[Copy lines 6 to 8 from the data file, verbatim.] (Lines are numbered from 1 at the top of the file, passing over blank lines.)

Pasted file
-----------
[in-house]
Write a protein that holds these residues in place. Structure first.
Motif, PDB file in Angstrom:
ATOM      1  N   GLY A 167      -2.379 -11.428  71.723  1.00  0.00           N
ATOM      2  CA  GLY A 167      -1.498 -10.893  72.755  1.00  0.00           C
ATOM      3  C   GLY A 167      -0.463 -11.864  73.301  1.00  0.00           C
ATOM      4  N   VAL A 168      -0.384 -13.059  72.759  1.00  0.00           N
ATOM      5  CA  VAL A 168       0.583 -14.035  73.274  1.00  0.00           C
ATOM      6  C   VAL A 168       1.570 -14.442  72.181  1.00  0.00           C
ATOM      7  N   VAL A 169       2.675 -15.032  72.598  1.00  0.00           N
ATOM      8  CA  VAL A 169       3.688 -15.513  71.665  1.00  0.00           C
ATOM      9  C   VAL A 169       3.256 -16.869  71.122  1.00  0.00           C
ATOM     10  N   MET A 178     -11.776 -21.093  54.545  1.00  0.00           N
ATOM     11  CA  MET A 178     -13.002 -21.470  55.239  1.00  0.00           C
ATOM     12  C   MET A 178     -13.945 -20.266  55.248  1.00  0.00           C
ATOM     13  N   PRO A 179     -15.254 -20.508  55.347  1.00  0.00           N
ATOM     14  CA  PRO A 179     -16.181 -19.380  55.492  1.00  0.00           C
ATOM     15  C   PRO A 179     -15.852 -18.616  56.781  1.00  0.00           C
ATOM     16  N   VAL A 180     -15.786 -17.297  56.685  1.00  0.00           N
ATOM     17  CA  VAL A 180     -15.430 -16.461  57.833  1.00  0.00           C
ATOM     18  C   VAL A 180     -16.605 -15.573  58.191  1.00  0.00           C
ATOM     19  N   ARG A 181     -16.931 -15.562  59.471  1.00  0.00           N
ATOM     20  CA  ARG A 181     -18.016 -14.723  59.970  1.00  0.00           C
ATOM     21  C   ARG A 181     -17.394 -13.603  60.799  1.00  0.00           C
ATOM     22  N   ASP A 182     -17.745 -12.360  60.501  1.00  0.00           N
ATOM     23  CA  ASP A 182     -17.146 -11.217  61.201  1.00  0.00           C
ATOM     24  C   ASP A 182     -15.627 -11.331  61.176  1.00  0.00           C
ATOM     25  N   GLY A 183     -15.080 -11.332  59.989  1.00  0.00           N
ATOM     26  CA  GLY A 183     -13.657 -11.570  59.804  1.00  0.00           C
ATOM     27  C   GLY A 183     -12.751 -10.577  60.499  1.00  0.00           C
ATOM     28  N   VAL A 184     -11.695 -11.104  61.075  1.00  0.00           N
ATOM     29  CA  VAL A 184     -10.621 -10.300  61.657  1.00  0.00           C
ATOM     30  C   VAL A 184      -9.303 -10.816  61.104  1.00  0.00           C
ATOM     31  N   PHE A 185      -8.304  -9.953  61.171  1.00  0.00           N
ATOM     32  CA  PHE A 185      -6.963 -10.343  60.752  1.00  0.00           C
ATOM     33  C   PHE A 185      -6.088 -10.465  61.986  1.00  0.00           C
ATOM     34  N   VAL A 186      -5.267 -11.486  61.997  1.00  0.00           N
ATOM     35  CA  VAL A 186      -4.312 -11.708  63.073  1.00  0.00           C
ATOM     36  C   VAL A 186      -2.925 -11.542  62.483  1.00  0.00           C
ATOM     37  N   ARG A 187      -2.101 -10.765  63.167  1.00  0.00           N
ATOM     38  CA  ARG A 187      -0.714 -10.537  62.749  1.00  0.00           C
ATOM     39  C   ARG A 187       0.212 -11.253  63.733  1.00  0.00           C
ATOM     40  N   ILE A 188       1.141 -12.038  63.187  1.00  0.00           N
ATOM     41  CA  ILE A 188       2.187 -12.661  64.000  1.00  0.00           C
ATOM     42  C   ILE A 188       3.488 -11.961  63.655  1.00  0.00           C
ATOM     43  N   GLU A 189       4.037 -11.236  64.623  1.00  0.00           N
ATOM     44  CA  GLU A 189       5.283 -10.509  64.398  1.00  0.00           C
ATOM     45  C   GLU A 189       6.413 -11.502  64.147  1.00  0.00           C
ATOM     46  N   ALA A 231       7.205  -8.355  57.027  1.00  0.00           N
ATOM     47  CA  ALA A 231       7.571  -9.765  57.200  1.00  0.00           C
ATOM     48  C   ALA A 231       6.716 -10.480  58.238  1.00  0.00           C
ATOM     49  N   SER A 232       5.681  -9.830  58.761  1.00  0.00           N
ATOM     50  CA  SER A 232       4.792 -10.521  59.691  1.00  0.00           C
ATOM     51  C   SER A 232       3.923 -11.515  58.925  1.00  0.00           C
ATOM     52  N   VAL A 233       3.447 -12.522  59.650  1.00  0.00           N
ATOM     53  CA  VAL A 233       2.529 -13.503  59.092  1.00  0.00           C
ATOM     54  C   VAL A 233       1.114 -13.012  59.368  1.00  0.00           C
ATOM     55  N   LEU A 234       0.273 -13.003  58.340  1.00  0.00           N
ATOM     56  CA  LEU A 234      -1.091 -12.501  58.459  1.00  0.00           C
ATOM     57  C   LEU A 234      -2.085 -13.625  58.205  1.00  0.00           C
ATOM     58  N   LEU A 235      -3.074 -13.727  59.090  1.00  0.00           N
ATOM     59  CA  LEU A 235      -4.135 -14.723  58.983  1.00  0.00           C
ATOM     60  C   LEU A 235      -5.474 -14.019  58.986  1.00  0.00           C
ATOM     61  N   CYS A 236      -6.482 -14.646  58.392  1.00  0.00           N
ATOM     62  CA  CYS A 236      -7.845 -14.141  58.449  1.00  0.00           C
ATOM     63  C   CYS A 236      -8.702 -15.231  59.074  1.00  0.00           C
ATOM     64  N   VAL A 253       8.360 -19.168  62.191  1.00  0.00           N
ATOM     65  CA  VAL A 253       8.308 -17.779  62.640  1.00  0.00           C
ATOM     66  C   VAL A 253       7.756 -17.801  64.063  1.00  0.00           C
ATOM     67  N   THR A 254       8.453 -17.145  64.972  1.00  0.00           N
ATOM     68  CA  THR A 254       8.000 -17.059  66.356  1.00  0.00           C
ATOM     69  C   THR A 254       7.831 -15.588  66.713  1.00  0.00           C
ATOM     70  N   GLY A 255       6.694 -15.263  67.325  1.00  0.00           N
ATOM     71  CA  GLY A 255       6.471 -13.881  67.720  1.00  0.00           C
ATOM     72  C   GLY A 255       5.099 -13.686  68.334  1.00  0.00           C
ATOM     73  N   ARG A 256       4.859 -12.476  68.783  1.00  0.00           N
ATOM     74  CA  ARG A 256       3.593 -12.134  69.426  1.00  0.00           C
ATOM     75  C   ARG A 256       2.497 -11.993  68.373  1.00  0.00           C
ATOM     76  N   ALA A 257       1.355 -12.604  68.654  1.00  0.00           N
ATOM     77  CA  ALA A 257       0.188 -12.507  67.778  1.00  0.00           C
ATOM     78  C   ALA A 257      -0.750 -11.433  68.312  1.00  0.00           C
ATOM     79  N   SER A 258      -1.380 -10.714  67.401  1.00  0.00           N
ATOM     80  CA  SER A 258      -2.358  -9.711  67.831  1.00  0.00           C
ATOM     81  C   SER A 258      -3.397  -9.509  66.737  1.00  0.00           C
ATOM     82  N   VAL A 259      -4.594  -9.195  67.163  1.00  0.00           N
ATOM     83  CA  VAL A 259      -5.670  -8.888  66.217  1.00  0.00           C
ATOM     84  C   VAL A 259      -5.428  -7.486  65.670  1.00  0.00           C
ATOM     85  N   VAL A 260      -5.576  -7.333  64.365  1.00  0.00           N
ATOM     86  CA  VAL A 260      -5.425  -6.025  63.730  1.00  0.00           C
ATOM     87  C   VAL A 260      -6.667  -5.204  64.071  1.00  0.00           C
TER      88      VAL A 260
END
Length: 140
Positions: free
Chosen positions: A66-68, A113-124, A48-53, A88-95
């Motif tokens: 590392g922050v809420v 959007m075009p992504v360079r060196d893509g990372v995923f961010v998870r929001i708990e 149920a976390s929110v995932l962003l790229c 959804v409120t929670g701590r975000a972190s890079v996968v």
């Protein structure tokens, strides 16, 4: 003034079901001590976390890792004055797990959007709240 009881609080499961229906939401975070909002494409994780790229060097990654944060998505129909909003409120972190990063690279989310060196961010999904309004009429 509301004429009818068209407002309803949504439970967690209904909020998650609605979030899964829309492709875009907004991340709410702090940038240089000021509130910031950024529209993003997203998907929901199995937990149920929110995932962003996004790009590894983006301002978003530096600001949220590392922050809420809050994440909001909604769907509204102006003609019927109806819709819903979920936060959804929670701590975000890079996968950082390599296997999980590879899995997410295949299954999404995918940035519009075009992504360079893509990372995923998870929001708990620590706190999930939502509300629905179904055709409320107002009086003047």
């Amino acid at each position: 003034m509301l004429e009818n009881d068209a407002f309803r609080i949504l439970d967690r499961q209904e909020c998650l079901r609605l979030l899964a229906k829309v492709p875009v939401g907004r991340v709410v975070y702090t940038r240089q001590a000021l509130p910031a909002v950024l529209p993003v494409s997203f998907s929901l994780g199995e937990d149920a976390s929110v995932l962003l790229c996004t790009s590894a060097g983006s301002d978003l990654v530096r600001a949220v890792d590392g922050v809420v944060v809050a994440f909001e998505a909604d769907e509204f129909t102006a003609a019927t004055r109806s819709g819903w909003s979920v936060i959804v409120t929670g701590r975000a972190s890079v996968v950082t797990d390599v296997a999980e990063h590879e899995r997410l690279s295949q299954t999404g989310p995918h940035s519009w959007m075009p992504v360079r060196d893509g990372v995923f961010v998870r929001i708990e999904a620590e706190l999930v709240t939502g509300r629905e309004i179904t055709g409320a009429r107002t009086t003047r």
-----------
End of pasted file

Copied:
ATOM      3  C   GLY A 167      -0.463 -11.864  73.301  1.00  0.00           C
ATOM      4  N   VAL A 168      -0.384 -13.059  72.759  1.00  0.00           N
ATOM      5  CA  VAL A 168       0.583 -14.035  73.274  1.00  0.00           C